Research papers

Stonewall subsidy 2023

Introduction Many charities and third sector organisations are reliant on public bodies for at least a portion of their revenue. Receiving taxpayers' money puts these organisations in a privileged position. Stonewall – the LGBTQ+ charity – is one such group. However, it has also received significant scrutiny in recent years,... Read more...

Briefing: the true cost of rail subsidies

Key findings Forecasts indicate that rail services will be subsidised by £11 billion in the financial year 2022-23. The average rail fare in 2022-23 will be £6.12 per journey. An additional £7.51 in subsidy is required to make up the full cost of that journey. Increases in rail sector pay... Read more...

Briefing: public sector employment growth

Background: Headcount in the public sector in September 2022 was 5.769 million. This has increased every quarter since September 2018.[1] In relative terms, employment growth in the public sector continues to outpace that in the private sector: civil service employment grew at a rate four times faster than the private... Read more...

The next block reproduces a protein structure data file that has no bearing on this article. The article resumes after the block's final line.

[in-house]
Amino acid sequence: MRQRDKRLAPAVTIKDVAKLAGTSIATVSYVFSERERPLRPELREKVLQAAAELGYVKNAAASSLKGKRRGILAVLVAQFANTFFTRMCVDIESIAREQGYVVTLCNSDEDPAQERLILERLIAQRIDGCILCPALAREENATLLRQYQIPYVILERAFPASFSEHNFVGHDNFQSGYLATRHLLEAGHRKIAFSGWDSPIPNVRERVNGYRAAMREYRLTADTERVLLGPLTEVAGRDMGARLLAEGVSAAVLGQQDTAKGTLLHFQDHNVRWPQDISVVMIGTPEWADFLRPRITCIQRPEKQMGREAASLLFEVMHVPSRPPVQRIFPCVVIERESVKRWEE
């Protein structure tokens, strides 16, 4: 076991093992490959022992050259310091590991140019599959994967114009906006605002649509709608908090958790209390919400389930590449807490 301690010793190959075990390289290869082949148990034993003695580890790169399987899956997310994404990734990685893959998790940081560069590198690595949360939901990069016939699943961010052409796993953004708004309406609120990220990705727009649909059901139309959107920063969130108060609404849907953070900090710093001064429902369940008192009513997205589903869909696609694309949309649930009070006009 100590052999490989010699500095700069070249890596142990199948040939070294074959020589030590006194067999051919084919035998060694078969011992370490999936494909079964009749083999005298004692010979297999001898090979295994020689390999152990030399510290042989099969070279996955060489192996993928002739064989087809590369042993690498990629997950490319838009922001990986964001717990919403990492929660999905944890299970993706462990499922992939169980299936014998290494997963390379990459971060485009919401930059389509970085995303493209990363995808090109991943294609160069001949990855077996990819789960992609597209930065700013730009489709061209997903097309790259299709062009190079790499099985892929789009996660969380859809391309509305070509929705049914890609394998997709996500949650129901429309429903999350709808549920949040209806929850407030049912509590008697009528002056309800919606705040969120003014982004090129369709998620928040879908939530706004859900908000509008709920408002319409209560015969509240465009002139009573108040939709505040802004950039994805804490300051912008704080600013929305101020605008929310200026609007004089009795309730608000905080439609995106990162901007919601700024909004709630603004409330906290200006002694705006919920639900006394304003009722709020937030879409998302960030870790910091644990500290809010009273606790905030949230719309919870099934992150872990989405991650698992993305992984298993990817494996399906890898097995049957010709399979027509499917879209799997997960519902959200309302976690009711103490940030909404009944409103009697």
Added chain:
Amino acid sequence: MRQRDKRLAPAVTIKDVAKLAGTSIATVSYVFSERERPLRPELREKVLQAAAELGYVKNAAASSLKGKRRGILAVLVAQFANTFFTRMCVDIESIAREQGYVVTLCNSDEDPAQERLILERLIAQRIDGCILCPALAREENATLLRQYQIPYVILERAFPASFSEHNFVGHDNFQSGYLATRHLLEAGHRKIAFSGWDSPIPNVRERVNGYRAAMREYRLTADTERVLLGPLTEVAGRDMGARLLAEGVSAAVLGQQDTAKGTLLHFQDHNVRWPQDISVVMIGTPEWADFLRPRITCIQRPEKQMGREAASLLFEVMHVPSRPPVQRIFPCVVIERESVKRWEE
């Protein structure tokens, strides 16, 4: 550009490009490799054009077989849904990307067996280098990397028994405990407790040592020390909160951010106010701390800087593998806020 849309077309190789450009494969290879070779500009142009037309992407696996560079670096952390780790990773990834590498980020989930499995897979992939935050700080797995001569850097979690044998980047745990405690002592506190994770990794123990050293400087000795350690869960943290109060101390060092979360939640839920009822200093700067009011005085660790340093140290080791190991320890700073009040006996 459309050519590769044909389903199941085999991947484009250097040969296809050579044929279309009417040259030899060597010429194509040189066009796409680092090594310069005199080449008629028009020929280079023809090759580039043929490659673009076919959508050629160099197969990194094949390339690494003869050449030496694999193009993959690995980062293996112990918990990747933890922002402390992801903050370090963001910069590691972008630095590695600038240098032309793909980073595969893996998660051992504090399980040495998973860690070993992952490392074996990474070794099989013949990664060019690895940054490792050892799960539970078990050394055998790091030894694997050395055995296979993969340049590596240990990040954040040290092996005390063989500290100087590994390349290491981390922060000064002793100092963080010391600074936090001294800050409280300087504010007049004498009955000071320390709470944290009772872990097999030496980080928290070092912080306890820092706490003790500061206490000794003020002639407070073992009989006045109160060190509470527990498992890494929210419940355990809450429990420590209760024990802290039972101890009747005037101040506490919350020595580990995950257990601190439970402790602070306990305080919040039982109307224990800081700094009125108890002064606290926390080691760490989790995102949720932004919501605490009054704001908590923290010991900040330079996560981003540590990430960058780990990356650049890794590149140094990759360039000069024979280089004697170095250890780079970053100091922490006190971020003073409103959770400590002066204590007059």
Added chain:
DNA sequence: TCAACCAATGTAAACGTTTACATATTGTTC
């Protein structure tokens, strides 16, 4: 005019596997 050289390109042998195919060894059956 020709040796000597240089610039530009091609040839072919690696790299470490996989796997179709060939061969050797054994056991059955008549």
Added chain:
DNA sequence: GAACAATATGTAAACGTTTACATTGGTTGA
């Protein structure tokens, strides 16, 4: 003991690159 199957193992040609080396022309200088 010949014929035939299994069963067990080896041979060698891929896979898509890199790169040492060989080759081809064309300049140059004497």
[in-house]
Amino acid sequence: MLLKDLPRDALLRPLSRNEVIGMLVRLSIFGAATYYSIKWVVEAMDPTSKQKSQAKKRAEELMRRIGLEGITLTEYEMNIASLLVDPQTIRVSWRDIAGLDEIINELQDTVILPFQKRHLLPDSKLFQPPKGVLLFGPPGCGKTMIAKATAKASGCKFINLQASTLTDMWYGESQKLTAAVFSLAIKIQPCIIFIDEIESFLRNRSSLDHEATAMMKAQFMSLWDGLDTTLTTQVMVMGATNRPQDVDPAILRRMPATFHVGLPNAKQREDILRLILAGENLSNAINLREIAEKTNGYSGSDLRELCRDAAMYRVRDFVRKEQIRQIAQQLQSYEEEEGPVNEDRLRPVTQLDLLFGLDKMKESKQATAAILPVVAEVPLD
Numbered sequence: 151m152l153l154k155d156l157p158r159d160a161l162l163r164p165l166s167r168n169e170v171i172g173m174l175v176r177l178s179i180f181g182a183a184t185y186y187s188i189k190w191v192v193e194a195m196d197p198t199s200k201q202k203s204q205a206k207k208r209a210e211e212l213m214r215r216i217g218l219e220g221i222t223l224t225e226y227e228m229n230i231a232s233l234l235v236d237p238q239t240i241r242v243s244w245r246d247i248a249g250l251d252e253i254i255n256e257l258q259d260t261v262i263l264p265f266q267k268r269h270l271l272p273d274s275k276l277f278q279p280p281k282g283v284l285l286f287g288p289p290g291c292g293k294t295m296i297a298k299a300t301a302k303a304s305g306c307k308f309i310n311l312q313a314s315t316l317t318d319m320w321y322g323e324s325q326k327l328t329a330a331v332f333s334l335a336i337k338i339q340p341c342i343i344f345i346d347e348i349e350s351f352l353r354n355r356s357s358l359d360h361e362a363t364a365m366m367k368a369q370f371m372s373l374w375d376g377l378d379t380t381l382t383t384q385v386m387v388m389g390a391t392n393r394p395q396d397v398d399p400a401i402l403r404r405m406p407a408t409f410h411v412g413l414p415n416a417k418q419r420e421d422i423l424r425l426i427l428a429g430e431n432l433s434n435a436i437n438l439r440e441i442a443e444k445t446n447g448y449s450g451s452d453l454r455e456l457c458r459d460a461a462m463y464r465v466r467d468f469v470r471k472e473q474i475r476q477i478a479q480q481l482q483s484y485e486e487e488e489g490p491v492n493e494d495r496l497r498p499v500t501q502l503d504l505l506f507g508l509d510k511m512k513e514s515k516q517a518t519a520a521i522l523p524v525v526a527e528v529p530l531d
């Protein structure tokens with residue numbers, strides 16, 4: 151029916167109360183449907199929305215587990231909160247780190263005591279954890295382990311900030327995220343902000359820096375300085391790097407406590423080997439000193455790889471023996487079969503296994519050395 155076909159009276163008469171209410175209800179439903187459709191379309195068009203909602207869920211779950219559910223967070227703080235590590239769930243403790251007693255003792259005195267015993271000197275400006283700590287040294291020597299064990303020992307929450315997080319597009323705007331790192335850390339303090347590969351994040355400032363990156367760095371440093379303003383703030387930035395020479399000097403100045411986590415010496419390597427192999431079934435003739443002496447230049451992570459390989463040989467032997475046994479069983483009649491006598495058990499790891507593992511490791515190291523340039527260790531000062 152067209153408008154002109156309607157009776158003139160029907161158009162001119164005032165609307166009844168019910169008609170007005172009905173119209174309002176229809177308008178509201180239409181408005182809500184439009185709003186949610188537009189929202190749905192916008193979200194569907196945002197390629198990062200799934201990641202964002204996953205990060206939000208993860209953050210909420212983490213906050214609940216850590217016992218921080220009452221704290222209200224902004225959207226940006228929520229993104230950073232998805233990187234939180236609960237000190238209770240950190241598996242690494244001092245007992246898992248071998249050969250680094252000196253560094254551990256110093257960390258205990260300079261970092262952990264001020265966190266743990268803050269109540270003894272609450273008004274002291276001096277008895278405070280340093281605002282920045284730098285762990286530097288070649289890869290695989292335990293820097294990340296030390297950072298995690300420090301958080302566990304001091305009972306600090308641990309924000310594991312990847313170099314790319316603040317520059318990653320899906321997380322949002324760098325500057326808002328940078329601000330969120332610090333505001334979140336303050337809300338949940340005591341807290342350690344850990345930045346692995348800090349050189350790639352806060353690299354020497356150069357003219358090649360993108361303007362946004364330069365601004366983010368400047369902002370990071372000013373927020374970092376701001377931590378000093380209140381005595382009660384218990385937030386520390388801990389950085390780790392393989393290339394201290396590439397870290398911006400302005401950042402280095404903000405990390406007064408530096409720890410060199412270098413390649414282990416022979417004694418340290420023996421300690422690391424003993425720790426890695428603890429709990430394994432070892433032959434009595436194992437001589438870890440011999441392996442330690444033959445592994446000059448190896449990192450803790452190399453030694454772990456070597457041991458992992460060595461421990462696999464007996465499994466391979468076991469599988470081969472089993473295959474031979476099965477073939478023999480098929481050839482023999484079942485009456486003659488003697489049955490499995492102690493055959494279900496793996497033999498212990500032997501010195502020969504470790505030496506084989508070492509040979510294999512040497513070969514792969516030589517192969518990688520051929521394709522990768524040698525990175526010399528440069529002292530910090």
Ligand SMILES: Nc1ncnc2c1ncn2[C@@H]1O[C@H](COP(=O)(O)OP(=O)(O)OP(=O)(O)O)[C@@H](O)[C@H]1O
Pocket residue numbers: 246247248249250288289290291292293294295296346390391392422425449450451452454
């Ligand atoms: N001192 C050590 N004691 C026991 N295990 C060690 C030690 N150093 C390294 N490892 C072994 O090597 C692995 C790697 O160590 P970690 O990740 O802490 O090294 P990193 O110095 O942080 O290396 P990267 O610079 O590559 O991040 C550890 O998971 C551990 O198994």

Spending on mayoral cars

Introduction Across the UK, local authorities have spent nearly £2.7 million on buying, leasing and maintaining cars for mayoral use over the last three financial years. Mayors (and equivalents such as chairmen and provosts) fulfil some ceremonial duties within their local authorities and serve as the ‘first citizen’. However, these... Read more...

Briefing: cost of government crisis

The optimal economic role of the state is a fundamental question in politics. As public spending increases, the quality of services like health and education do not always increase commensurately, and the higher taxes we pay for public spending start to seriously undermine economic efficiency. This briefing presents statistics and... Read more...

The real tax burden

Introduction The Office for Budget Responsibility’s public finances databank provides a valuable tool to look at the tax burden, the ratio of national account taxes to gross domestic product (GDP). While the data provided on tax receipts is comprehensive, it necessarily measures only the burden of taxes actually paid over... Read more...

CORRECTION: Public Sector Trade Union Rich List 2022

Please note: The original research referred to UNISON's current general secretary. This has been corrected to refer to both the current and former general secretaries, and all entries for individuals have been removed.     Introduction Membership of trade unions – for both public and private sector workers – has... Read more...

Briefing - Fuel duty in Europe